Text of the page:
In 1950, the series of cartoons known as “Peanuts” was launched. Most of the characters and episodes derived either from Schulz’s real life or from his dreams about the true equality in his contemporary society, divided by racism and sexism. Charles Brown was partly a self-portrait, as the character was portrayed as an extremely shy child (Grimsley, p. 75). Linus, Peppermint Patty and Shermy had real prototypes, Linus Maurer and Sherman Plepler were Schulz’s good friends, and Patricia was his cousin. Interestingly, in order to start working on “Peanuts” full-time, the artist needed to quit his job as Art teacher, but hesitated to send the letter of request to the company (Inge, p.112). As Bang and Lee describe the cartoons, “Backgrounds were generally eschewed, and when utilized Schulz’s frazzled lines imbued them with a fraught, psychological appearance. This style has been described by art critic John Carlin as forcing “its reader to focus on subtle nuances rather than broad actions or sharp transitions” (Inge, p.112).

It also needs to be noted that personal computers were not yet invented in that time, so the cartoons were produced manually, so Schulz needed to sit over his drawings long days in order to produce a consistent plotline and make characters communicate the morale of each episode. I believe the morale of “Peanuts” was quite rich, as the author obviously addresses such issues as equality in cross-gender communication and social inclusion. For instance, one of the characters, Franklin, is an African American child, one of Charlie Brown’s friends. Despite the racial segregation, the two boys frequently visit one another and play together without any prejudices and stereotypes. Thus, Schulz believes that the person’s early years represent the period of greatest sincerity and, when friendship arise out of spiritual affinity rather than social necessity. The female characters of “Peanuts” are also out of common. For instance, Peppermint Patty can boast with athletic skills and self-confidence, not typical for girls of the 50s-60s, who followed strictly the patterns of femininity. Lucy, a pretty brunette, is obviously one of the dominant characters, as she can fight like a boy and regularly threatens to “slug” someone in order to maintain discipline.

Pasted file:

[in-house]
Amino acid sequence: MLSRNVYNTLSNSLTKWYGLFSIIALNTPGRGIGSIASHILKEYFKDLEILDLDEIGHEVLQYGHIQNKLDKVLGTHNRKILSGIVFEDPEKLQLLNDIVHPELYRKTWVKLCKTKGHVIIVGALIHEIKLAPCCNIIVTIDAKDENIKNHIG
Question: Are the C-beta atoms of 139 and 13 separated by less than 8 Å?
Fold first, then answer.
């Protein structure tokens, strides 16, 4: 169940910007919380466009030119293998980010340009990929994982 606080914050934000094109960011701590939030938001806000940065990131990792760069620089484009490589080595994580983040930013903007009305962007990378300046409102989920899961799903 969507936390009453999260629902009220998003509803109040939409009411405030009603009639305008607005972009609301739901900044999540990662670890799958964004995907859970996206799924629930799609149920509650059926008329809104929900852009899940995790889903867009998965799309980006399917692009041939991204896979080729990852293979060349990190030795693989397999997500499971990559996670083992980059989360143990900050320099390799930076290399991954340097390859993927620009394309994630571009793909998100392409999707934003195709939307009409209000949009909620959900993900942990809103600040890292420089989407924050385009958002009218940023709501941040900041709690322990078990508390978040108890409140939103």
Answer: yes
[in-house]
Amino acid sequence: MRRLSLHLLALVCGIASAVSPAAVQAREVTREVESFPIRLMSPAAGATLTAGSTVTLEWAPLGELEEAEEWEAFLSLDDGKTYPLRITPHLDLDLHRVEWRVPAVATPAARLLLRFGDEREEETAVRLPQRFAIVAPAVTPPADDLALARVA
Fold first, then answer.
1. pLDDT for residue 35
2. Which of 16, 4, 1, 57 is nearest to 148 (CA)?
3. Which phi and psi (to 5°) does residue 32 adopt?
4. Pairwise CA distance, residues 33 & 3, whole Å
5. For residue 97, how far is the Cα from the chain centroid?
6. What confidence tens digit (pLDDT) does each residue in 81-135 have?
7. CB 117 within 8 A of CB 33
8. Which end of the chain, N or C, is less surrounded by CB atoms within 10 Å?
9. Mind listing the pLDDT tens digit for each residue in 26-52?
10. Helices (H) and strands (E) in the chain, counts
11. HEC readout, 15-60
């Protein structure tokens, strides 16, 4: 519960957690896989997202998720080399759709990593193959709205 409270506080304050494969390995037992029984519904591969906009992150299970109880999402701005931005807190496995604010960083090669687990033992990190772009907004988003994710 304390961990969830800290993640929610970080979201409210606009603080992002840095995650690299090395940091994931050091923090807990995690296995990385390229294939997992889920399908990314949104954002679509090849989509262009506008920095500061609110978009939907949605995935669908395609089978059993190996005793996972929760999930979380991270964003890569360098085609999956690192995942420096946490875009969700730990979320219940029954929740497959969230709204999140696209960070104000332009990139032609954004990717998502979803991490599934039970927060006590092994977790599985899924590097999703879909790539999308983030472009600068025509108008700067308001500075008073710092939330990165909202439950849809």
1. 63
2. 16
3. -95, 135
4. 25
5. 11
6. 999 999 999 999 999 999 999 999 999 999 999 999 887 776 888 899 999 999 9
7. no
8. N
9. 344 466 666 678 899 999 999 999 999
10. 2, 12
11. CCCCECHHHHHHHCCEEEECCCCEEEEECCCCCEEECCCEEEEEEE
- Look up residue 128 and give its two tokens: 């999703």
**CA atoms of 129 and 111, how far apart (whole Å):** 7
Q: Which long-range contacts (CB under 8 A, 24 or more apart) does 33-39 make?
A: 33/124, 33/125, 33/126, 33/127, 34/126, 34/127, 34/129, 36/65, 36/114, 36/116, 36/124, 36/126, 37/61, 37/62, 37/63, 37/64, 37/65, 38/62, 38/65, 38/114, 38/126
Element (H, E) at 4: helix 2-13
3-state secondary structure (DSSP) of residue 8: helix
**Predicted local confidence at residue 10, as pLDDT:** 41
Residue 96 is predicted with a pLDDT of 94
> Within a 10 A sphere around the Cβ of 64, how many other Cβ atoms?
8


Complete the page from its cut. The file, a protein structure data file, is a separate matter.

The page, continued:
I actually share Schulz’s value of equality and would like to dedicate my future computer-animated cartoons to teenagers. I believe, my own works should communicate the importance of friendship, as there is a number of hybrid series, intended for both children and adults, which too early induce minors into the “adult” social reality. As I feel really inspired by Charles Schulz’s works, in which the balance between “the childish” and “the adult” is maintained and which seem edifying to everyone. However, they teach universal truths and moral values by showing positive examples, rather than throwing a reader into the harsh reality of racial and political clash. Thus, Carl Schulz should be followed, since he is amongst the last artists, who acknowledge the distractive purpose of art, as he successfully combines entertainment and social learning in his “Peanuts”.

Works cited

  1. Inge, T. Charles M. Schulz: Conversations. MS: University of Mississippi Press, 200.
  2. Grimsley, R. Good Grief: The Story of Charles M.Schulz. New York: Pharos Books, 1989.
  3. Bang, D. and Lee, V. 50 Years of Happiness: A Tribute to Charles M. Schulz. Santa Rosa: Charles M.Schulz Musum, 2002.